Still no joy, though. IE is still giving me the royal "STOP" sign.
Thanks for the extra information. Until reading your post and taking a look at the RFC that you cited, I never really thought about size restrictions for the data URLs -- that's real helpful to know, and I'm glad to be aware of it.
As for centralizing the style definitions into one or two CSS classes, I'm all for that. I got the feeling from Mike's post that he might have already been doing that, but that in trying to experiment with getting it to work across all browsers he might have switched to the inline styles just to see if it worked any better.
Thanks again for the tip on the data URL.
Yes, Steve, I did have a stylesheet embedded in the document header ... when there was one. Stripped it back out and went to inline styles trying to get it to work across browsers, just like you said.
Right now, I'm even having trouble getting the solution to work consistently on Windows 7 - on any browser. I'm really beginning to develop an antipathy for IWP ...
Originally I was thinking about pursuing the idea that other chars may need to be escaped within the data URL to get this to work with IE.
Then I stopped and re-read the information at:
The above wiki article mentions that IE8 and IE9 provide only limited support for the data URL functionality.
In particular, the claim is that such URLs can be used for a small range of purposes:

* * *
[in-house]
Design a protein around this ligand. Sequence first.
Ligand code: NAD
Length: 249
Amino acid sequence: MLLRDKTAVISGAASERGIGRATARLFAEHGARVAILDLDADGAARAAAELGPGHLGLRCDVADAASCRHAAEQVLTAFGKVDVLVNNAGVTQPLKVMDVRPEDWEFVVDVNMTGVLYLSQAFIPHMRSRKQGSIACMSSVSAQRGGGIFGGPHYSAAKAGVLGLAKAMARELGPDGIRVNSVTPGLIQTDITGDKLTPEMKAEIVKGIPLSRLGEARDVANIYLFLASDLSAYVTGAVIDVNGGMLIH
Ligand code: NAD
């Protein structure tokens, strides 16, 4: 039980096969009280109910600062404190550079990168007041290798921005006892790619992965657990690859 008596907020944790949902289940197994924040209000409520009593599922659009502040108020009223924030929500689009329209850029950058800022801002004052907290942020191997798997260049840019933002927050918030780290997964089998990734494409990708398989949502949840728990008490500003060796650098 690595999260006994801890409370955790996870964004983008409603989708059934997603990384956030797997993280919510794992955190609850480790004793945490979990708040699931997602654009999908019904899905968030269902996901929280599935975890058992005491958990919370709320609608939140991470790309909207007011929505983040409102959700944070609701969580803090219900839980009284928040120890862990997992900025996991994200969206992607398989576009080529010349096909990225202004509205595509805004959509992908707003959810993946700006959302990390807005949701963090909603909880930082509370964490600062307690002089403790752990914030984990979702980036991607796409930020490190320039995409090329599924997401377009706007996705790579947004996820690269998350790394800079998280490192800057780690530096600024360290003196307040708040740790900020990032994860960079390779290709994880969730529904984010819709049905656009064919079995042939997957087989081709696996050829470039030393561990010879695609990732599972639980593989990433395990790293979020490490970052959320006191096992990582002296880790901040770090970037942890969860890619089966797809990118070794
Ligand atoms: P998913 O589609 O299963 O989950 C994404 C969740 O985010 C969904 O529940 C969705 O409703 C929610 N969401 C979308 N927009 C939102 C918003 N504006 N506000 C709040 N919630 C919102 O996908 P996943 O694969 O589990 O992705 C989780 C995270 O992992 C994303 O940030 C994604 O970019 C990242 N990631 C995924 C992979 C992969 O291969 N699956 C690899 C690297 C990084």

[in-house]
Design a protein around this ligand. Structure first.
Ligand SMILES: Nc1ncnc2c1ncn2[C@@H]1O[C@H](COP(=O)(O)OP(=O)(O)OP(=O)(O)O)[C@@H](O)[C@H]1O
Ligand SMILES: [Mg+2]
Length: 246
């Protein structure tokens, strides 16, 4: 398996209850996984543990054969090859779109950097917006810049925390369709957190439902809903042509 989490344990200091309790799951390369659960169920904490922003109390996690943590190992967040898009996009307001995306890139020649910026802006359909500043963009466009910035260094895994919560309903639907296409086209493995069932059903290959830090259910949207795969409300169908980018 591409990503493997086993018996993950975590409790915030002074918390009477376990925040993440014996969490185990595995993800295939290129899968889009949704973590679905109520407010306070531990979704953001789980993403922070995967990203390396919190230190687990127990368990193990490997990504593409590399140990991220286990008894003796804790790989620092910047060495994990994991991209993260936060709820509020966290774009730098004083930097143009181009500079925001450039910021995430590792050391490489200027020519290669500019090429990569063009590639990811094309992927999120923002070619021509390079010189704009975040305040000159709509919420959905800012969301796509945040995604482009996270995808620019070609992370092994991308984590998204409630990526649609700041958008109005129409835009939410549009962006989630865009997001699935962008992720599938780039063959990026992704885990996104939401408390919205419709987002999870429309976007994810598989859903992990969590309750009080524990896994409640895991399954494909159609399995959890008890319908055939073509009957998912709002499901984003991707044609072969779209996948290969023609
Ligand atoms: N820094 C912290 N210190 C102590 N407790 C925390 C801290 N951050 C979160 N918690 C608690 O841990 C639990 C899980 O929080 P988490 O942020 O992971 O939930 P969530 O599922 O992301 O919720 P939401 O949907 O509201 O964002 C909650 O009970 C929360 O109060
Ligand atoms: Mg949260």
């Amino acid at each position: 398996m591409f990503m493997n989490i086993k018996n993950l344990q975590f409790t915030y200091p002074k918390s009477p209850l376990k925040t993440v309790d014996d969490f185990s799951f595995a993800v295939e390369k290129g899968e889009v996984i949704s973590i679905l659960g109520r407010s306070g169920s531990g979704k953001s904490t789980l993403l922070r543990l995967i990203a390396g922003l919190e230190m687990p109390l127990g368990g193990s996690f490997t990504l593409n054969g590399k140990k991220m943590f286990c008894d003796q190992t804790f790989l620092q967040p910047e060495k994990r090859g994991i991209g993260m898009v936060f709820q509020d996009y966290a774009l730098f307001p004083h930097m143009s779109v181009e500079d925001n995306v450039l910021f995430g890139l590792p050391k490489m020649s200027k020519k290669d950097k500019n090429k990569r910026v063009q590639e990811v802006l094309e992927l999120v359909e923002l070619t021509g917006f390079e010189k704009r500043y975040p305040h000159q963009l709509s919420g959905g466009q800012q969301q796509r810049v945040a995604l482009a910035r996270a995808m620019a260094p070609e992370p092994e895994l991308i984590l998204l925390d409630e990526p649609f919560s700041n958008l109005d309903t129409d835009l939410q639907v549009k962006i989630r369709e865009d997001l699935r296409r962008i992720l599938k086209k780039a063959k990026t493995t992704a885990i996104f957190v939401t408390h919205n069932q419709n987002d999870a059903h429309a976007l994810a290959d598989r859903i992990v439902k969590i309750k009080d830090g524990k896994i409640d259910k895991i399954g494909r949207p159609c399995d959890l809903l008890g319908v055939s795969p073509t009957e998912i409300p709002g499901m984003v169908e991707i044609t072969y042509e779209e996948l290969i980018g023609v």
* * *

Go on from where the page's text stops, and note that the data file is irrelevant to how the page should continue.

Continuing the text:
link(data URI must be base64 encoded)
- CSS declarations that accept a URL, such as
The implication is therefore that IE will not support the data URL as we are trying to use it, namely, to populate the contents of an iframe element.
I poked around a bit to see if I could find any documentation to confirm this claim.
This page: http://msdn.microsoft.com/en-us/library/cc848897%28v=vs.85%29.aspx makes the same claim.
In particular, it states:
"For security reasons, data URIs are restricted to downloaded resources. Data URIs cannot be used for navigation, for scripting, or to populate frame or iframe elements."
The above was kind of a bummer to find out, but at least it means we can avoid banging our head against a wall that isn't going to move.
Message edited by: steve_ssh. Reason: Original message was longer and less helpful.
I appreciate your help on this. Your first example is right.
If you want to give the Opera checker another shot, by all means. I'd love the help. Right now, I'm getting a vicious hangup on one report that has to be fixed before I go any further. I can ask the users to load Chrome, but I can't deal with the system hanging up when they try to run a report.